Travelers from the United Arab Emirates (UAE) and the Kingdom of Saudi Arabia (KSA) plan to increase their spending on breaks and holidays over the next three years and will have more of an eye on sustainability than ever before, says a new study. In fact, most now check the sustainability of their travel plans, and are prepared to pay over 20 percent more for environmentally-friendly accommodation, says the Middle East findings of Marriott Bonvoy’s 2024 Future Travel Trends research.
Other key trends include:
* Artificial Intelligence (AI) will become a key tool for holiday planning – with half of people in both the UAE (52 percent) and KSA (50 percent) already using it for this purpose.
* ‘Dupe’ destinations – that are similar to traditional holiday destinations but closer and cheaper – will be another key theme.
* ‘Slow holidays’ – where travelers take their time, connect with the local culture, disconnect from technology and minimize their impact on the environment – will be another significant trend.
The research, carried out in collaboration with foresight agency The Future Laboratory, analyzed the travel plans of 14,000 travelers across Europe and the Middle East over the next three years.
The rise of AI
The era of AI holiday planning is very much here – half or more (52 percent from the UAE and 50 percent from KSA) have used AI to help them plan or research a holiday. Meanwhile 77 percent in both countries say they are likely to in the future, showing the trend is set to grow further still.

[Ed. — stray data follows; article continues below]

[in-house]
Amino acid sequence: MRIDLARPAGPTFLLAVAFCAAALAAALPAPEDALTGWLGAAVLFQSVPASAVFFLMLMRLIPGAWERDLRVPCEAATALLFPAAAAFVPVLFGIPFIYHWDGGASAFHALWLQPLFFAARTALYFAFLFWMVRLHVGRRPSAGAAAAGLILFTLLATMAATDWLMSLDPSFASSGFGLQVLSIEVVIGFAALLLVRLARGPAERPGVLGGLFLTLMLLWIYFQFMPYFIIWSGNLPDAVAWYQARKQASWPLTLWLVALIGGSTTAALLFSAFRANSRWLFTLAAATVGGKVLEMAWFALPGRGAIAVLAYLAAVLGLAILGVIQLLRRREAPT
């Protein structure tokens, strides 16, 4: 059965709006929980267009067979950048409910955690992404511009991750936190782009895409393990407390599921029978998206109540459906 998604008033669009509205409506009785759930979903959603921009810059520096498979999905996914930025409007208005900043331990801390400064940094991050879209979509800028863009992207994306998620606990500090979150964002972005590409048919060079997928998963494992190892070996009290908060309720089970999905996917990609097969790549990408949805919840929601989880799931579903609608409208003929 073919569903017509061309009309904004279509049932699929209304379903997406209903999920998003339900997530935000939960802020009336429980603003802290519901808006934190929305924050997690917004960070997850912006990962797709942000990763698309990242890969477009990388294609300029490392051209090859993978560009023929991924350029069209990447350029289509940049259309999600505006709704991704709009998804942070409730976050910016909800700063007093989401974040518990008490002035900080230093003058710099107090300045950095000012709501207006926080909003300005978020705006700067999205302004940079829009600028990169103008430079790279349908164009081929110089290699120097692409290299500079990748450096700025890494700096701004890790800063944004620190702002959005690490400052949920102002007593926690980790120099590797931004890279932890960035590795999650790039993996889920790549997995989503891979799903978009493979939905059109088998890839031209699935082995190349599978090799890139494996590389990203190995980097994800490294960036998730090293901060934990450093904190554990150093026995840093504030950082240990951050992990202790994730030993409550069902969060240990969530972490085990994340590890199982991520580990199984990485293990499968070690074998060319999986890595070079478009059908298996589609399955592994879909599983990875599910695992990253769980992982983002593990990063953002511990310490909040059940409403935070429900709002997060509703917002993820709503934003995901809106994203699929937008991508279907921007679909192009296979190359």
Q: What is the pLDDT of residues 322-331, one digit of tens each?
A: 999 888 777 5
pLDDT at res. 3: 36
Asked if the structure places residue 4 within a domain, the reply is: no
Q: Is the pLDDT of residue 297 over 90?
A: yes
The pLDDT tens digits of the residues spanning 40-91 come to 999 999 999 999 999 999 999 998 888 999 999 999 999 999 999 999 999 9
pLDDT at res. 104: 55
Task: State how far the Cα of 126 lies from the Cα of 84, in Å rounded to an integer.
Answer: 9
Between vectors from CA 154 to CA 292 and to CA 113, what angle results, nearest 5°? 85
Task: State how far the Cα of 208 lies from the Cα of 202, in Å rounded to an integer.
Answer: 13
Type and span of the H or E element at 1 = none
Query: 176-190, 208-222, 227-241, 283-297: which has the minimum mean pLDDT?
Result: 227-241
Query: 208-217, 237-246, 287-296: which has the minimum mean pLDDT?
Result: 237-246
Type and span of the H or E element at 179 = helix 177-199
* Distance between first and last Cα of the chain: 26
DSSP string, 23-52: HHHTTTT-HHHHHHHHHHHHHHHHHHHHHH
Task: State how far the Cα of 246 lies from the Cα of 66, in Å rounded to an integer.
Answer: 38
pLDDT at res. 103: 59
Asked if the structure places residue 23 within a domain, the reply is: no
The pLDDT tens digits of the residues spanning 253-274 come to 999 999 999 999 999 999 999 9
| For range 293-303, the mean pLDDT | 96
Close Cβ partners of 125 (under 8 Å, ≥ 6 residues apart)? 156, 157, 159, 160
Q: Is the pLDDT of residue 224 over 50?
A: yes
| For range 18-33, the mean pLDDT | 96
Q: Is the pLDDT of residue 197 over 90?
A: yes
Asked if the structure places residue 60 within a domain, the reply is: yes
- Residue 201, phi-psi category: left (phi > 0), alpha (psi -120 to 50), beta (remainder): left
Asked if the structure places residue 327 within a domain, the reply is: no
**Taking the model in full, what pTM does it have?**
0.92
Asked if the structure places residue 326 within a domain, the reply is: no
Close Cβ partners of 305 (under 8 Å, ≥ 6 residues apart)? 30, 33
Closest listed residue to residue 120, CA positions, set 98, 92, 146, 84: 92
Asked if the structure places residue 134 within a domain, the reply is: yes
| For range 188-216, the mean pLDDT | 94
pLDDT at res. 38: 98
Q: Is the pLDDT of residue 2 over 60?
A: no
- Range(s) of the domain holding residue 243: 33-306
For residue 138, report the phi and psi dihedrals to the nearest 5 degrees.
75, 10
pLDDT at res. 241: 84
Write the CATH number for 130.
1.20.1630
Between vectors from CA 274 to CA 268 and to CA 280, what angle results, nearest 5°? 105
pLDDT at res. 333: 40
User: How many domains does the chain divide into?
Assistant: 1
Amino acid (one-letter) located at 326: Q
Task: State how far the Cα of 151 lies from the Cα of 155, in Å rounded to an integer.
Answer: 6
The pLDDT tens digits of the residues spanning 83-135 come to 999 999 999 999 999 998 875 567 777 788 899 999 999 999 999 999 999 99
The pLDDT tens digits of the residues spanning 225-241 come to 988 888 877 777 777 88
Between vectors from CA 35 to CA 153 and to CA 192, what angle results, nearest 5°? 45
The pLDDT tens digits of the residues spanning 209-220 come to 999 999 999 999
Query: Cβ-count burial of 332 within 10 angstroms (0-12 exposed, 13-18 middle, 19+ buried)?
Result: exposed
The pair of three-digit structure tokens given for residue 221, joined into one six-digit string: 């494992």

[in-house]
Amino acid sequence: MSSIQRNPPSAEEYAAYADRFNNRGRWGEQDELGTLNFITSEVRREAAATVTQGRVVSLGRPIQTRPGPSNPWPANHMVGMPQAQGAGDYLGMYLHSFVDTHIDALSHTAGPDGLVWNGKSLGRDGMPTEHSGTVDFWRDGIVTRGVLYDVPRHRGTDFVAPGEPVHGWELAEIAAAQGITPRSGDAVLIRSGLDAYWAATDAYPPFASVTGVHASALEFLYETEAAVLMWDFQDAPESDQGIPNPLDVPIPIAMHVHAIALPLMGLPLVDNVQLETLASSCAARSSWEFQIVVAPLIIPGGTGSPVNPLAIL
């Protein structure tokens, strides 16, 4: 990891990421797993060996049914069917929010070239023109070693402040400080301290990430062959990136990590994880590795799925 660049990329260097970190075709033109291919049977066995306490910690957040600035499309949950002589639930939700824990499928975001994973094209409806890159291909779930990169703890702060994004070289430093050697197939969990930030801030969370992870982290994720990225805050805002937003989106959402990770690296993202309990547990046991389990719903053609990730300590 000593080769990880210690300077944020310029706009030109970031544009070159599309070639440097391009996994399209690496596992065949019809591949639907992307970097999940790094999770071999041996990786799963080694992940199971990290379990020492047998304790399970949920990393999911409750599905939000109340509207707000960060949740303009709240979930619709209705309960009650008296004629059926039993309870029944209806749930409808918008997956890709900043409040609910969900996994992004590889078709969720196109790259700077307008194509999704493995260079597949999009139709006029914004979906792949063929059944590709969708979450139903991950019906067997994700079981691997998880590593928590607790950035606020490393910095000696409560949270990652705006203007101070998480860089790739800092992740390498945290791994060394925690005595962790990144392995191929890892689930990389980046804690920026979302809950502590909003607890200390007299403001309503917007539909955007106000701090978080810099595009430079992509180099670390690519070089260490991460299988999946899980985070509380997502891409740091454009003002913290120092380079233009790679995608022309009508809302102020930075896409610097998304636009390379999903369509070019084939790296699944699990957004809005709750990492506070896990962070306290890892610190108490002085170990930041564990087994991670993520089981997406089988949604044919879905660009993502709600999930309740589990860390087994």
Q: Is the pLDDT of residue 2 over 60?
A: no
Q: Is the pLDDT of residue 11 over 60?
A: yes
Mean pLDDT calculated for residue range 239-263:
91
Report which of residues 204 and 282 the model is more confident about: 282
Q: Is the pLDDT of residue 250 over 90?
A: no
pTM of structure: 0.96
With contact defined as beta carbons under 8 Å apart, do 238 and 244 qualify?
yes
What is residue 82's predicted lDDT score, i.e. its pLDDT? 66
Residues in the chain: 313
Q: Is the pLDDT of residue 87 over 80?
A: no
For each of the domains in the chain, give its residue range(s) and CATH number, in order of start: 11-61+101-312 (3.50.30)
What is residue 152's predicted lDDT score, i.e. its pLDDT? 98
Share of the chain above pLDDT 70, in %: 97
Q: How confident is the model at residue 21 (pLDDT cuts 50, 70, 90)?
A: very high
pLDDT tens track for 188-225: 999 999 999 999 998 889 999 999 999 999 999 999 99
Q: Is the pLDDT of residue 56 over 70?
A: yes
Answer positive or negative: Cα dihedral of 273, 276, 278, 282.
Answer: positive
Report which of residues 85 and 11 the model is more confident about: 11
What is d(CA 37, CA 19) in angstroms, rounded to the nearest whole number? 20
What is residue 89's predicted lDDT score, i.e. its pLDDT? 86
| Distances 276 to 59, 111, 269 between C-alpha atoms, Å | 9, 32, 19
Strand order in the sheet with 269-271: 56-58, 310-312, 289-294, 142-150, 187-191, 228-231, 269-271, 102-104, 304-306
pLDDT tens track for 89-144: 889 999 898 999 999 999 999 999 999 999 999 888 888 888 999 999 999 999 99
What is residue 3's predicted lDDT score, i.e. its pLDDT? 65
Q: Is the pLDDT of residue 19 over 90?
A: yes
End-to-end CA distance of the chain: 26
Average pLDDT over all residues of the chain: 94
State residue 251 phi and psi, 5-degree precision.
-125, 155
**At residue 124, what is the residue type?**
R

Amongst those who did use AI, 95 percent in both the UAE and KSA say it influenced their holiday decision in some way. This includes booking the accommodation it recommended (36 percent in UAE and 39 percent in KSA), booking the activities it recommended (39 percent in UAE and 31 percent in KSA), and booking food it recommended (34 percent in UAE and 35 percent in KSA).
The research investigates several travel trends that are likely to emerge or strengthen over the coming years. Amongst them, ‘slow holidays’ are becoming increasingly popular. Four in five travelers from the UAE (82 percent) and 77 percent from KSA say they have already been on a ‘slow’ holiday. Meanwhile, 82 percent from the UAE and 80 percent from KSA say they plan to go on a slow holiday in the next three years.
In addition, ‘dupe destinations’ – such as the vineyards of Northern Spain instead of South Africa or surfing in Portugal instead of Hawaii– will be another key theme. A third from the UAE (33 percent) and a similar number from KSA (34 percent) that are intending to go away in the next three years are planning to save travel time and money by having a similar experience through a ‘dupe destination’.
Solo holidays, something 70 percent of travelers from the UAE and 69 percent from KSA who have been away in the past three years have done in that period, will also continue to be a significant trend, with 70 percent from UAE and 72 percent from KSA planning to do one.
Changing Summer holiday patterns?
The extremely high temperatures that parts of Europe experienced this summer could be set to impact holiday plans in the coming years for Middle Eastern holidaymakers. 86 percent in the UAE and 83 percent in KSA say that if these temperatures became a regular occurrence, it would impact their summer holiday plans. While there is no suggestion that people would avoid holidays because of this, some may be amending what they intend to do and when they choose to travel.